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Acclaimed Play About Homosexuals, AIDS Ignites Controversy

November 1, 1989

SPRINGFIELD, Mo. (AP) _ University officials will not stop production of a critically acclaimed play about homosexuals and AIDS despite a group’s claim that it glorifies homosexuality and promotes anti-family values.

Marshall Gordon, president of Southwest Missouri State University, said the school will not yield to detractors of ″The Normal Heart″ and will allow it to be shown at a campus theater Nov. 15-20.

″The play, we feel, is irresponsible,″ said Paul Summers, chairman of a citzens group he says numbers about 100 people. ″There’s nothing educational, there’s nothing artistic about it. We take strong exception to the language, to the portrayal of homosexuality and its political agenda.″

Gordon said Tuesday that students clearly have a consitutional right - and given the growing number of cases of acquired immune deficiency syndrome, even a duty - to produce such a play.

″I’ve said all along that the university should promulgate the truth about the AIDS issue,″ Gordon said. ″The university community, the city, state and nation should be aware of the problems that are posed by the threat of AIDS. To continue to sweep the issue under the rug is not in the nation’s long-term interest.″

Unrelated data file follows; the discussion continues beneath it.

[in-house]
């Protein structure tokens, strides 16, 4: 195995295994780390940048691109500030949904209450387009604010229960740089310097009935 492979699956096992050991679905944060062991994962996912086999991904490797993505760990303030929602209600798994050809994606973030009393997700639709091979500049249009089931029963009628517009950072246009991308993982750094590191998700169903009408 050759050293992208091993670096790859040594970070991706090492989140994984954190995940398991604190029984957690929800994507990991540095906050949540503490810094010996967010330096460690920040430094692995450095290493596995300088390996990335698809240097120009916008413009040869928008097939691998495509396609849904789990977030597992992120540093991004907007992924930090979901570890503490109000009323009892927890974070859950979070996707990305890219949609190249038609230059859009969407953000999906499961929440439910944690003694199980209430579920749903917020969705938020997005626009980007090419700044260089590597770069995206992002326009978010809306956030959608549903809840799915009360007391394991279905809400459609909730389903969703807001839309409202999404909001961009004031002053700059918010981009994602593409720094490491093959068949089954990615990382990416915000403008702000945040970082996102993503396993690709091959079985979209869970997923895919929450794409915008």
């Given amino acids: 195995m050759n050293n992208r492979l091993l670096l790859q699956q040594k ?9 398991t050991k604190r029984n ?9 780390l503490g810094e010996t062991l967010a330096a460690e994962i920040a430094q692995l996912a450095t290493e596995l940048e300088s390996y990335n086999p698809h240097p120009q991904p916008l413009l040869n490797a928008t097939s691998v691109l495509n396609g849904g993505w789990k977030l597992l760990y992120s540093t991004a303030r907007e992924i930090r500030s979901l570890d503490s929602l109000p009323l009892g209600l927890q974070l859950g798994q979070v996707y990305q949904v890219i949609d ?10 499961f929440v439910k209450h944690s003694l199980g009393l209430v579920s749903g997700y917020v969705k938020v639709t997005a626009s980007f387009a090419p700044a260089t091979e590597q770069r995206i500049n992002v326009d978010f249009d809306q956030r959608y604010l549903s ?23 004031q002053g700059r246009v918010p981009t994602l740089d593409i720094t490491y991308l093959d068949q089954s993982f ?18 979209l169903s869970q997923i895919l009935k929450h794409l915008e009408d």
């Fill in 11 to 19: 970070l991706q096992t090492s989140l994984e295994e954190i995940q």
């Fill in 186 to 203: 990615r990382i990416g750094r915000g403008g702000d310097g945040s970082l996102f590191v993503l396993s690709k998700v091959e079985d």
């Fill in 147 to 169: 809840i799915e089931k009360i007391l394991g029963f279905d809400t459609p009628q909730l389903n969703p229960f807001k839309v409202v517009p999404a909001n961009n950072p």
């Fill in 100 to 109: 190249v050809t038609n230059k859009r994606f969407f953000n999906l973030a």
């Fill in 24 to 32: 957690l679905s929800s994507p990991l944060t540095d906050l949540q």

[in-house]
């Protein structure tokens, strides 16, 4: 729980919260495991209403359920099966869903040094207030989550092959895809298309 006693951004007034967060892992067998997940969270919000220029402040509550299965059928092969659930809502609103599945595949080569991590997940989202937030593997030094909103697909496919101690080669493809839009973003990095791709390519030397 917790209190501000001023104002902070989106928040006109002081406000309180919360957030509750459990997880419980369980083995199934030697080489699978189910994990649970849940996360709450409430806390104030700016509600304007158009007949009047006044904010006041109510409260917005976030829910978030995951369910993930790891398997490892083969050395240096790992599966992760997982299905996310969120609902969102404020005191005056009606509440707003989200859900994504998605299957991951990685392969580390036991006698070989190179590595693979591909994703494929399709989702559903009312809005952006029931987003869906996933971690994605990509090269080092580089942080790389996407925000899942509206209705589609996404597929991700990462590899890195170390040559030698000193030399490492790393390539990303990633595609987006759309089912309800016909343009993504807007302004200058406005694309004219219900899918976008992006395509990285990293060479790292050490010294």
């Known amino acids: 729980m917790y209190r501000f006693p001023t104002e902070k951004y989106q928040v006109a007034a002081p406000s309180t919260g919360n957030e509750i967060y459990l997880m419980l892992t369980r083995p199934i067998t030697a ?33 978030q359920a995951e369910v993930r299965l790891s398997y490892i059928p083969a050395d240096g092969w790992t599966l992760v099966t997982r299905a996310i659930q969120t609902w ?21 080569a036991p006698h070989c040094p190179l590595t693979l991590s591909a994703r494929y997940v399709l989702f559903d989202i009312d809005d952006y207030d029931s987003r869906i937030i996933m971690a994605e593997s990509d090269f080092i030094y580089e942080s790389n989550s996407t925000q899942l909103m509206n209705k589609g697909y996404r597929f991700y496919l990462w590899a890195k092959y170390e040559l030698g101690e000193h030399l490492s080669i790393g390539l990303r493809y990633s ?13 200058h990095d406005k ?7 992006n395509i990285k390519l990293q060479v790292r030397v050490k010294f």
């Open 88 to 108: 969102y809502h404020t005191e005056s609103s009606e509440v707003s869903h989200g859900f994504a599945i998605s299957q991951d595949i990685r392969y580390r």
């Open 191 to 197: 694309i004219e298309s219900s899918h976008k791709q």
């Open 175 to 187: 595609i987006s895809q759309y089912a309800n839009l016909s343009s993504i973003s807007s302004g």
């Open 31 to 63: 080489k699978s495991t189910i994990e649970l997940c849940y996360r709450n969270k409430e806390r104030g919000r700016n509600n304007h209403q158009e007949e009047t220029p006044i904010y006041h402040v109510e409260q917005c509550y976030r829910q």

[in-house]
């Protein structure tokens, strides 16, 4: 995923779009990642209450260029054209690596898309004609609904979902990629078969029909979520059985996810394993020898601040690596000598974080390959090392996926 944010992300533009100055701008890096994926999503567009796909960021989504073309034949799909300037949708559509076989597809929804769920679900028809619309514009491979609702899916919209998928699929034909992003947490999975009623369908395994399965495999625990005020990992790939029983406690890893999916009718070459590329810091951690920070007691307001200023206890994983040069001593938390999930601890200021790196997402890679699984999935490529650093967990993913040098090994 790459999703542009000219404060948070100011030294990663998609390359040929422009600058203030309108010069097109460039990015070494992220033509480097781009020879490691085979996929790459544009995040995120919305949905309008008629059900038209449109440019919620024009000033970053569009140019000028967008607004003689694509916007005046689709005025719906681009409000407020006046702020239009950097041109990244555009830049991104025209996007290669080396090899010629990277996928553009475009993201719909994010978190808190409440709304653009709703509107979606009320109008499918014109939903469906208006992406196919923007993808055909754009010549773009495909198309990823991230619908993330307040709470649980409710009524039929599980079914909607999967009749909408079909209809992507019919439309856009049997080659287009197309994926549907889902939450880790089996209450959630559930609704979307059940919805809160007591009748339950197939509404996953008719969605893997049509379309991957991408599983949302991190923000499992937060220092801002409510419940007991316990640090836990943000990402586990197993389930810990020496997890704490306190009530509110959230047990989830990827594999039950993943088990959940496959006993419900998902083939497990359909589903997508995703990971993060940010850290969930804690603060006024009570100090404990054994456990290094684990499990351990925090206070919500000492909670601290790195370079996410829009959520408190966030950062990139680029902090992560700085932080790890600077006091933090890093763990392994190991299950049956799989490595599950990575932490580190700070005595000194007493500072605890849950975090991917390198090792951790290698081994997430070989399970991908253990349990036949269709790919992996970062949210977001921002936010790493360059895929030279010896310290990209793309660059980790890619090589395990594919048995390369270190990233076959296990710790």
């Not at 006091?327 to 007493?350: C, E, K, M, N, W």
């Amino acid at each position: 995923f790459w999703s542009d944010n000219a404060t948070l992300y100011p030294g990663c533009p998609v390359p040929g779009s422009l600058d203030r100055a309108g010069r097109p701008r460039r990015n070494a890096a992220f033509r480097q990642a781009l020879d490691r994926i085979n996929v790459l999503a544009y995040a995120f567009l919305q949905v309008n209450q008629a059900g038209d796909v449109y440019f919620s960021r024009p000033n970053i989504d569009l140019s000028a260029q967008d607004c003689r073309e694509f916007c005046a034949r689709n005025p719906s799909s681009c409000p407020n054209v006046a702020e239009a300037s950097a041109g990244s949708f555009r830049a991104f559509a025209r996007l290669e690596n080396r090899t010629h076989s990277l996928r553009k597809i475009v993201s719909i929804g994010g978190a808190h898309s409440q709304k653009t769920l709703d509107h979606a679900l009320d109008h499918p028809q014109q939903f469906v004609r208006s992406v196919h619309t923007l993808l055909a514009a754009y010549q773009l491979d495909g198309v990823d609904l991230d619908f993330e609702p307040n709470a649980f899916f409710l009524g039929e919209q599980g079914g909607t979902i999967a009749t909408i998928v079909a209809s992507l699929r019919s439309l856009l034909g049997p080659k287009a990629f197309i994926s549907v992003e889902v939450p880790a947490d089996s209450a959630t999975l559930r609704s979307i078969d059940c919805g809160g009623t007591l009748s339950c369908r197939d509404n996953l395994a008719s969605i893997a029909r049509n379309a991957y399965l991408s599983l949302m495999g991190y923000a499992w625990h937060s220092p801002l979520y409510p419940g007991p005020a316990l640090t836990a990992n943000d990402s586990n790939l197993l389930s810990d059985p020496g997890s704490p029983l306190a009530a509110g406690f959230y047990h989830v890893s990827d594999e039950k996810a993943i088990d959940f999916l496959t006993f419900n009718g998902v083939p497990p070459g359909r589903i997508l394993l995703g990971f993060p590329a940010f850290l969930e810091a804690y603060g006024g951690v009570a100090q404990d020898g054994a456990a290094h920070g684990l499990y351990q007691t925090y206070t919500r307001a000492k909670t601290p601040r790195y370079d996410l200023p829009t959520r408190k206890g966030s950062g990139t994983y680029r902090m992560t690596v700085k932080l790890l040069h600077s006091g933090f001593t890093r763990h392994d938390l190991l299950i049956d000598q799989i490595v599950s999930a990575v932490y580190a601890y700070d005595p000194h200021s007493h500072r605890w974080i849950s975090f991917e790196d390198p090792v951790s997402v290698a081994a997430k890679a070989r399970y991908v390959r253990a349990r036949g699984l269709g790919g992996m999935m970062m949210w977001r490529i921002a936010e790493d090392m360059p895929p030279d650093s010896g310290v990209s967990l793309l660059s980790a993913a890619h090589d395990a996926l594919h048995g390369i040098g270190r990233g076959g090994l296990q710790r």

The controversy began last month when a student at the university, which has an enrollment of 19,000, gave a copy of the script to Republican state Rep. Jean Dixon.

″The play is, in my opinion, political propaganda to evangelize and recruit young people to the homosexual lifestyle,″ she said.

Mrs. Dixon asked Gordon, the Board of Regents and arts and letters Dean Bethany Oberst to prohibit the drama department from staging the play. Department officials refused after consulting attorneys, who said canceling the production would violate the students’ constitutional rights of free speech.

″The Normal Heart,″ by Larry Kramer, is set in New York in the early 1980s. The drama, which premiered off-Broadway in 1985, attacks society’s slow response to the AIDS epidemic.

Kramer said he was amazed the play was controversial in Springfield. The city, with about 150,000 residents, is the international headquarters of the Assemblies of God church and home to several religious-affiliated colleges.

″The play has had over 600 productions all over the world and this is the first time this has happened,″ Kramer said from his Manhattan apartment. ″I wonder what exists in Springfield that doesn’t exist anywhere else.″

The opposing group, Citizens Demanding Standards, took out a full-page advertisement Sunday in The News-Leader in Springfield denouncing the play.

″Do you want your tax dollars to promote homosexual, anti-family lifestyle?″ the ad asked.

Gordon said feedback he is getting shows the majority of townspeople, and by far most students and faculty, support the play. Members of the Faculty Senate voted 37-1 Tuesday to support the administration’s decision to allow the play to go on.

He said actress Kathleen Turner, a graduate of the university, called him Monday to praise school officials for standing behind the play. Ms. Turner contacted two other SMSU theater graduates, actors John Goodman and Tess Harper, and the three plan to visit Springfield during the play’s run to show their support, Gordon said.

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